A cryptographic system is defined by mathematical functions to scramble and unscramble messages. Many different cryptographic systems have been proposed. This course will not attempt to survey those systems. The goal of this course is to understand the fastest system to protect public messages and the fastest system to protect private messages: in particular, to understand exactly how the underlying mathematical functions are computed at top speed on typical computers.
This course has very few prerequisites. For example, this course will explain from scratch how to compute multiples of points on a particular elliptic curve; students will not be assumed to know what the phrase ``elliptic curve'' means and will not need to have taken any particular mathematics courses. This course will explain from scratch the speed of this elliptic-curve computation on real computers; students will not need to have taken previous courses on computer architecture or supercomputing. This course will also explain from scratch how this elliptic-curve computation protects messages; students will not need to have taken previous courses on cryptography.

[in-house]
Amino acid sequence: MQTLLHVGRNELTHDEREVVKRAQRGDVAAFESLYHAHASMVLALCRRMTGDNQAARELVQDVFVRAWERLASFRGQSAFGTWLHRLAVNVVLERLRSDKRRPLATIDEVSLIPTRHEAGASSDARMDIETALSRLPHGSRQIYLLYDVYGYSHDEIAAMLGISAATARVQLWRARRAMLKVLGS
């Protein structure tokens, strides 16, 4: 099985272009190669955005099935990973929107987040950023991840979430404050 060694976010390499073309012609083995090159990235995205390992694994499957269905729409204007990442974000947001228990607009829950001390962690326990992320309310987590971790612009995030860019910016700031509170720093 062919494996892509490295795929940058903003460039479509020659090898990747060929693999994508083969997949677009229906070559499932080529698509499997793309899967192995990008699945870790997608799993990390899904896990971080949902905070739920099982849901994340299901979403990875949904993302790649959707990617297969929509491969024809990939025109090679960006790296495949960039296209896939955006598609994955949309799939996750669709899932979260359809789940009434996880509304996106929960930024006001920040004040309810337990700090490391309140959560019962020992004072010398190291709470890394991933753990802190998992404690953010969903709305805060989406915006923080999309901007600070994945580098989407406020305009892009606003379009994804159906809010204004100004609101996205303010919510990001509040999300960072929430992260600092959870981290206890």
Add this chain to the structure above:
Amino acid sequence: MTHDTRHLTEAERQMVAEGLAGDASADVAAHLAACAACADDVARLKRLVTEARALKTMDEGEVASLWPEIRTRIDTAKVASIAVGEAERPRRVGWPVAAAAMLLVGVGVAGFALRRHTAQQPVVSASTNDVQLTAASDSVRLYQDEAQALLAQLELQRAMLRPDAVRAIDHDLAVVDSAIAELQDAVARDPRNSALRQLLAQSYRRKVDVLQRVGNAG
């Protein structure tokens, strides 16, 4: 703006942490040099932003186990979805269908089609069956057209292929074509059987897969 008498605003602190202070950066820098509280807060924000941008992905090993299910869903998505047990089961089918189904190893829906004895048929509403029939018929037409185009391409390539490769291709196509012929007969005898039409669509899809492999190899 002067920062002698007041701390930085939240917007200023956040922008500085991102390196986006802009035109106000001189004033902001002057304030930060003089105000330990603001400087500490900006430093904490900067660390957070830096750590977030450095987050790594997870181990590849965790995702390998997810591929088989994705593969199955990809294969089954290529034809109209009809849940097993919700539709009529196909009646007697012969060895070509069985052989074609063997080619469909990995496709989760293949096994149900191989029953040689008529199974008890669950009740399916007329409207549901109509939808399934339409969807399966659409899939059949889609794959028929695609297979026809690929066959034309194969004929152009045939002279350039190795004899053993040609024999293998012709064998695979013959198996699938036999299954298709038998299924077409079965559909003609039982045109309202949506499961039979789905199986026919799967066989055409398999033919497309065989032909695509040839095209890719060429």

Students are required to have taken MCS 401 or an equivalent course on the design and analysis of fast computer algorithms.
Grading: This is an advanced graduate course, so the workload required for an A will be light. No exams; occasional homework assignments checking that everyone understands the definitions. Students interested in devoting extra time to the course material will be given a variety of projects to explore.